Robots have taken over Israel's political leadership
In two weeks, Operation Entebbe, commanded by former IDF chief of staff Dan Shomron, will mark its 35th anniversary.
Family and friends gathered last week at the Kochav Hayarden community to dedicate a bird observatory in the name of former chief of staff Dan Shomron. He will be commemorated too at the Tze'elim military training base, which he nurtured when establishing the Field Corps Command. But this isn't enough: The terminal at Entebbe Airport should be named after him too.
Although he served as chief of staff during years in which Israel was bogged down in Southern Lebanon, prepared for air and tank battles against Syria, and was surprised by the Intifada uprising in the territories and the Scud missile attacks from Iraq, Shomron will be remembered in admiration - as long as efforts to obscure his role as commander of the Entebbe operation do not bear fruit.
In two weeks, that operation will mark its 35th anniversary.
Speaking at the ceremony in Kochav Hayarden, Colonel (res. ) Muki Betzer, who served as the commander of the raid team at Entebbe, called Shomron "the hero of the operation, not only because he was commander, but also because of his personality, his leadership and the sense of security he instilled in those around him."
In his appeals to then defense minister Shimon Peres and chief of staff at the time Mordechai Gur, Shomron turned events around and persuaded the decision-makers, who had previously been ready to concede to the kidnappers.
"To go ahead or to give up - it was all hanging in the balance," Betzer said. "It took a man who had deep internal integrity, courage, experience in special operations, rhetorical ability, leadership skills and responsibility, and also persuasive abilities and an impressive appearance; all of this helped [the decision-makers] distinguish between fact and fantasy, as they decided in favor of an operation that had a reasonable chance of success, and would justify the risks posed to the soldiers and the hostages."
Some 35 years have gone by, and it's hard to imagine that Israel's leadership today would be able to reach decisions on the scale of the Entebbe operation. Israel Defense Forces officers continue to recite the slogan of "standing firm with the mission and attaining its objective," but objectives materialize as a function of social expectation, and the society will no longer allow the army, and the government that commands it, to undertake prolonged wars of choice that entail many casualties.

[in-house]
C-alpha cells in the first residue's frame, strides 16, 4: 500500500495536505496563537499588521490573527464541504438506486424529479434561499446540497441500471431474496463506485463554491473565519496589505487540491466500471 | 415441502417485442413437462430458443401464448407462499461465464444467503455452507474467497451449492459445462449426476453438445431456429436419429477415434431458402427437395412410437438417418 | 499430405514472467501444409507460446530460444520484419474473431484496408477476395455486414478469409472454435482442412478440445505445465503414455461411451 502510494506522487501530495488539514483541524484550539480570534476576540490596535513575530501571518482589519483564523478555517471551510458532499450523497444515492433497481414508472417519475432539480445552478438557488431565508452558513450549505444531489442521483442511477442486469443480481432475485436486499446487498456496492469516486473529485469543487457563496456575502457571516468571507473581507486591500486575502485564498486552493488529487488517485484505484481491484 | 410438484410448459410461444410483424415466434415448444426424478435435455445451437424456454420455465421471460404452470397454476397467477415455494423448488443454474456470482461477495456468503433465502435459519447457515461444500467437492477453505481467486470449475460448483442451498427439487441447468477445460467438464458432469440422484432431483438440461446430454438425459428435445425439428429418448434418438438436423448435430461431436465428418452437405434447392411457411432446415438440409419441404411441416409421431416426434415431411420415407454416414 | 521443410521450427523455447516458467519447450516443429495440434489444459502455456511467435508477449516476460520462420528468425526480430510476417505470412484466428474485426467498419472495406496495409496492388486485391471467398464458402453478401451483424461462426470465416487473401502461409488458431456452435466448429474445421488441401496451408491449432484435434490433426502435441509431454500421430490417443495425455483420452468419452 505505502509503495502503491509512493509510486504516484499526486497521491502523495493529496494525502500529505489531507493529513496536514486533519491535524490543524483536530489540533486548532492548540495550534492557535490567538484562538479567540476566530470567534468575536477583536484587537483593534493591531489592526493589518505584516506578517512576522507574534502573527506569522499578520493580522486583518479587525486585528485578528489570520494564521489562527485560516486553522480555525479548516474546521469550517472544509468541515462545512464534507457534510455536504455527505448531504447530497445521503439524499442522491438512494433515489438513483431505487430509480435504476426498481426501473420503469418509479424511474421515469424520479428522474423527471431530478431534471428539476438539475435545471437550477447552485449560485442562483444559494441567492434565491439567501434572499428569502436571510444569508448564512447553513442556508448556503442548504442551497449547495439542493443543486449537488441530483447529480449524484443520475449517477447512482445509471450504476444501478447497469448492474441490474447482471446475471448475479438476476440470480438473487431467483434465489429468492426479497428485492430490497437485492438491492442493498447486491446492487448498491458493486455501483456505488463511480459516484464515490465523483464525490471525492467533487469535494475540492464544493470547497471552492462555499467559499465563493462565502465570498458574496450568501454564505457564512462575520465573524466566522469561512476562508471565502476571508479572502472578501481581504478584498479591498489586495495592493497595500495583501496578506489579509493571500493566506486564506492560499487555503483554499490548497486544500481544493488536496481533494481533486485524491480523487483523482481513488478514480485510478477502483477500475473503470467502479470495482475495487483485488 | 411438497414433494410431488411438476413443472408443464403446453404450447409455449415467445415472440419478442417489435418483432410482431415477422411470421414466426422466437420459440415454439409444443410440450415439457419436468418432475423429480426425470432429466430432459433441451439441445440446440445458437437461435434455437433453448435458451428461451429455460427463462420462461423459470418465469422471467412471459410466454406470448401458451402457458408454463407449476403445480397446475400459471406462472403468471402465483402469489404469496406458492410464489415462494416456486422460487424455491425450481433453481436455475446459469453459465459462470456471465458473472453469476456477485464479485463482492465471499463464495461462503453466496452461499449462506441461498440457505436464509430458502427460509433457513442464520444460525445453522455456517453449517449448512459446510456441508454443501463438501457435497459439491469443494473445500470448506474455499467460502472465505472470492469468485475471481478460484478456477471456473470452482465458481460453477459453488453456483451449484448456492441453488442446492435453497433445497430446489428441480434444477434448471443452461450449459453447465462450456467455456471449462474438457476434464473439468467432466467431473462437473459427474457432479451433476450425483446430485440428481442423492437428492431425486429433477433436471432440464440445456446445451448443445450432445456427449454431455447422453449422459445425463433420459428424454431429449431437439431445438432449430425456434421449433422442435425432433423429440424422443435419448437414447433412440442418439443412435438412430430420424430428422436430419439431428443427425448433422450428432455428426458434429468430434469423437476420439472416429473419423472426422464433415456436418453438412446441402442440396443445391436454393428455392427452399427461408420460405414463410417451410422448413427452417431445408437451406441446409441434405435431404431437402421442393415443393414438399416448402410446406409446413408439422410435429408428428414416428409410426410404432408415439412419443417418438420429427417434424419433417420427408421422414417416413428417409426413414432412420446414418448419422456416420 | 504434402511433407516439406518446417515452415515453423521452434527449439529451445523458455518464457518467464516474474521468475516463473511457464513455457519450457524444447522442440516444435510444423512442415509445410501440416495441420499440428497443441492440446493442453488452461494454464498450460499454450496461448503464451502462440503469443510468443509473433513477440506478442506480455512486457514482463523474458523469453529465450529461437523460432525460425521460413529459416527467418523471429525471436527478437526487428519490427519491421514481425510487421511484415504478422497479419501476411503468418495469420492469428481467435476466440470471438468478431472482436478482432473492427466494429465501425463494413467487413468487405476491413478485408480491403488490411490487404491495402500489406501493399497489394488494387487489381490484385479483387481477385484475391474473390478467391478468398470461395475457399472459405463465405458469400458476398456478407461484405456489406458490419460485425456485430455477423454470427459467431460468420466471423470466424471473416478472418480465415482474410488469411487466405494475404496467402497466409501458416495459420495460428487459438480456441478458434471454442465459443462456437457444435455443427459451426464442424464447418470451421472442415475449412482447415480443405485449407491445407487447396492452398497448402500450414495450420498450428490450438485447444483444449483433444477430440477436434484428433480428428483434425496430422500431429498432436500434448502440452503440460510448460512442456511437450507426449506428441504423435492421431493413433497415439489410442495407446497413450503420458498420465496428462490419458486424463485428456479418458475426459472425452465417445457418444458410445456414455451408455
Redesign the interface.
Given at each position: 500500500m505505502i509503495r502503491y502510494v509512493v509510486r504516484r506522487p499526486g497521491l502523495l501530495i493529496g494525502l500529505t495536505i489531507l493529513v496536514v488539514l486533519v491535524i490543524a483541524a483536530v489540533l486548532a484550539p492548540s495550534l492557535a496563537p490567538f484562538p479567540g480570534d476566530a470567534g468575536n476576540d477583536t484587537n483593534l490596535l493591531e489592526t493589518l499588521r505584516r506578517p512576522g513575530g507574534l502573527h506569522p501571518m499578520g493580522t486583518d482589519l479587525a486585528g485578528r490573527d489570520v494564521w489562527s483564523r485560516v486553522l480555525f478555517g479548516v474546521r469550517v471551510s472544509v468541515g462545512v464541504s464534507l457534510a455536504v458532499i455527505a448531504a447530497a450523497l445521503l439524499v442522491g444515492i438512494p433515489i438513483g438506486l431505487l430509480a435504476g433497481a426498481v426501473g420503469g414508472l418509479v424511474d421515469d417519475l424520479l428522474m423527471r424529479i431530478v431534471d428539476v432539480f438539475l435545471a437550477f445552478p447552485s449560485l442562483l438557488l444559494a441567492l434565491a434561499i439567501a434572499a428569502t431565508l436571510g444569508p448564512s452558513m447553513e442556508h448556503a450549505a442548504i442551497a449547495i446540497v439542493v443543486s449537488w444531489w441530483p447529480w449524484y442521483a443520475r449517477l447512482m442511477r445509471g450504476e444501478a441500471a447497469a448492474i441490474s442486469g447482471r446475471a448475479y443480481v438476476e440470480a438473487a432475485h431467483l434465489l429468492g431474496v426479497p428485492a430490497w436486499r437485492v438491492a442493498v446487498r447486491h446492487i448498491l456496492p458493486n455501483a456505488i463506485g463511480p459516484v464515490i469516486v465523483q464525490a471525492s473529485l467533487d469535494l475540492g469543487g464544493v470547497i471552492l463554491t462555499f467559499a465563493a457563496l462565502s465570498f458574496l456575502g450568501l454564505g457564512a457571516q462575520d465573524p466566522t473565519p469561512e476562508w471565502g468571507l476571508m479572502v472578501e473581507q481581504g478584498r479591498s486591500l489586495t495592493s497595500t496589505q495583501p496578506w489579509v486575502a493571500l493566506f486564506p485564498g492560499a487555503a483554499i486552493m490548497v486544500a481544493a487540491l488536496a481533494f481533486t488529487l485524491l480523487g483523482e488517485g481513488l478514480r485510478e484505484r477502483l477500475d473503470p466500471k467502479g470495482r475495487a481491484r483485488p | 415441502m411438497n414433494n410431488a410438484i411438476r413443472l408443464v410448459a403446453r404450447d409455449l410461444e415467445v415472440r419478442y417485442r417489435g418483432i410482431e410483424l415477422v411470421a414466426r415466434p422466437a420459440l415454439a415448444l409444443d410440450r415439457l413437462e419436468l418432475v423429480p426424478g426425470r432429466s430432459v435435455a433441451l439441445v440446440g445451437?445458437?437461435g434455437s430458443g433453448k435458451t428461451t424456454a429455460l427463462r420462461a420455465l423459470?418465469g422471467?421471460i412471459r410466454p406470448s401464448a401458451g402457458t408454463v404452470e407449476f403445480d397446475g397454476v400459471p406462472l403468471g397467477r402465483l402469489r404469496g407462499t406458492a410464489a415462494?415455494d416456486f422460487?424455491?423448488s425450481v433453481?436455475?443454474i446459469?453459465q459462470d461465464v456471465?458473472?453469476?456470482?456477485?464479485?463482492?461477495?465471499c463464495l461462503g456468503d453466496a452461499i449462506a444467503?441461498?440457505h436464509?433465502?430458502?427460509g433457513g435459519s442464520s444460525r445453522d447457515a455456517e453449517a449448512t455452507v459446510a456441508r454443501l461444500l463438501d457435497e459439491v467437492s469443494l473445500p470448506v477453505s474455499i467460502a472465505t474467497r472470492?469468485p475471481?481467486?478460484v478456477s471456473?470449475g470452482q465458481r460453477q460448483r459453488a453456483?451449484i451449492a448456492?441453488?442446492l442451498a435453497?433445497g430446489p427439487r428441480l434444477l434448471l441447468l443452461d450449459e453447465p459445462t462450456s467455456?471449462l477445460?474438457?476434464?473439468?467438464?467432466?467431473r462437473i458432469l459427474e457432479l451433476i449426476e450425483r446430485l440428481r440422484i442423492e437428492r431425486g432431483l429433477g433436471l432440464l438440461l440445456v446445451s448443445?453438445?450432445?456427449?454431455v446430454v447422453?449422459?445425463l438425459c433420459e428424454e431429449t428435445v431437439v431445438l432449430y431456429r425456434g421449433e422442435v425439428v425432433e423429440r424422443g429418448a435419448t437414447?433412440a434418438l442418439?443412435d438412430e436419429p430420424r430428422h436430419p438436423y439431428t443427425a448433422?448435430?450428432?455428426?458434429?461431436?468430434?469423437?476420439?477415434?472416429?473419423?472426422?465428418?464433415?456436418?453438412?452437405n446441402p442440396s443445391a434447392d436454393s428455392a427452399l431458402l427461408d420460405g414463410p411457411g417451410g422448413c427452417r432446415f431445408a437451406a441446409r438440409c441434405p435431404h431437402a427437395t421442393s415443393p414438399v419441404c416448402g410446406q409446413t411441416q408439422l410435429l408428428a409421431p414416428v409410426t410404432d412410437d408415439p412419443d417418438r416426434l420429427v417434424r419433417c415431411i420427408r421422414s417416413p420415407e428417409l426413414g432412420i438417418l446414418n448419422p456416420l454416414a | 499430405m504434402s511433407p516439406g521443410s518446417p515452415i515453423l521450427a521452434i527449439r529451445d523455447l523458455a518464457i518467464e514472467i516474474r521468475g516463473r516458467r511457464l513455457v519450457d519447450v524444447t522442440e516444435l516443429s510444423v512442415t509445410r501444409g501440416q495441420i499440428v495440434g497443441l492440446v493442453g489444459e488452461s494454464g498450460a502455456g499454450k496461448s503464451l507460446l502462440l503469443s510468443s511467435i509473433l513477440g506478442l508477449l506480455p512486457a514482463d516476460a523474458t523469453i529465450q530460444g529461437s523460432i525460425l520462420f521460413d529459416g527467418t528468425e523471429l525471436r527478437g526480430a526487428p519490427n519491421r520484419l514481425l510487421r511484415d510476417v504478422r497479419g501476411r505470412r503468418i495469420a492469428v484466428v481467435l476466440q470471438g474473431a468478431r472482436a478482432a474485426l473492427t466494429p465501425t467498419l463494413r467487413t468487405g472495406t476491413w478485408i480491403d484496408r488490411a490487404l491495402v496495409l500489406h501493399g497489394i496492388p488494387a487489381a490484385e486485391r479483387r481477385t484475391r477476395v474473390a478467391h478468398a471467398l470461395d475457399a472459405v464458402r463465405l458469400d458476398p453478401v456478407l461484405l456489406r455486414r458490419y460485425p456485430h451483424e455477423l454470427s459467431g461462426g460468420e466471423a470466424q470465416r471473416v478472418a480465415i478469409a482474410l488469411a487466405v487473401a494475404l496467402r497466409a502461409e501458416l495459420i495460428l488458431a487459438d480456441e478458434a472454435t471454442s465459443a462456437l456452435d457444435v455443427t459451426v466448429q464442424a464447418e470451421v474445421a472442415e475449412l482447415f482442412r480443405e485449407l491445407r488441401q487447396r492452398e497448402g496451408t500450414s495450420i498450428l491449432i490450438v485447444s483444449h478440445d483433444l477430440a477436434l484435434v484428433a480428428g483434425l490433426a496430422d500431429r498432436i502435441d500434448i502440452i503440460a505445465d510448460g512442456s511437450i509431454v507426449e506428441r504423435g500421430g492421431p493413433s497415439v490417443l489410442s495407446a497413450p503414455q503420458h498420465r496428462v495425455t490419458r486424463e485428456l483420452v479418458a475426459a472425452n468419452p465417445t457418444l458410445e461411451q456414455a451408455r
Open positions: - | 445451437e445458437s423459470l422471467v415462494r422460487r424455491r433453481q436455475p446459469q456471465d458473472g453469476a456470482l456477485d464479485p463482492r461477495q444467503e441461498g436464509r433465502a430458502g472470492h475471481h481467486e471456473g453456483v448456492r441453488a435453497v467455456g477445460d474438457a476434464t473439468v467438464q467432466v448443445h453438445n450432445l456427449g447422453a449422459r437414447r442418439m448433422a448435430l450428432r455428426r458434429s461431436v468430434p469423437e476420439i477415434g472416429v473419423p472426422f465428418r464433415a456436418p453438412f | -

Patience and the public pain threshold have drained out. The price, particularly in terms of casualties, has become an intolerable side effect that deters actions from being carried out in the first place. In 21st century society, private needs trump general concerns.
In the 1948 War of Independence, First Lieutenant Filon Friedman, for whom the Filon base is named, was considered a hero not only because of his brave service as a soldier and commander, but also because he ended up killing two of his men and committing suicide, rather than being taken hostage.
Under the ethos of "being exposed at the turret," which held sway in the 1960s, before tanks installed sighting systems, a command necessity transformed as sacred heroism. In proportion to the extent that enemy casualties mounted up around the force, soldiers received decorations. Only in very rare instances did the IDF provide medals for actions that did not involve contact with the other side, as in the case of the Matkal commando unit's infiltrations into Egypt before the Six-Day War, when Ehud Barak and his comrades in the raid, and helicopter crews, received medals of honor.
Barak said at the time that it was fortunate the action for which the medals were bestowed remained classified, else it would have been revealed that the medals were given not really due to the heroism of soldiers who didn't fight, but rather to allay the anxieties of those who sent them.
Another exception was Shomron, who received a citation for a cunning maneuver that saved lives during the Six-Day War.
Battle, in its original incarnation, stemmed from close range, hand-to-hand, combat with the enemy. Contemporary warfare prefers the remote, rather than close-range battle. Command experience still makes a difference, but the weight carried by physical courage has lessened. The communications revolution has broken soldiers' isolation, and their dependence on the chain of command.
An army based on mandatory service and reservists will not diligently heed the orders of failed leaders. The mounting dependence on unmanned equipment, which will transform as a kind of robotic legion, is a laudatory technological trend, and also a socially dangerous one - to the extent that the human cost (on the military front, though not necessarily on the civilian front ) seems less steep, an adventurous leadership might feel more at liberty to get entangled in war.
This has yet to happen: For the time being, the robots have taken over the political leadership.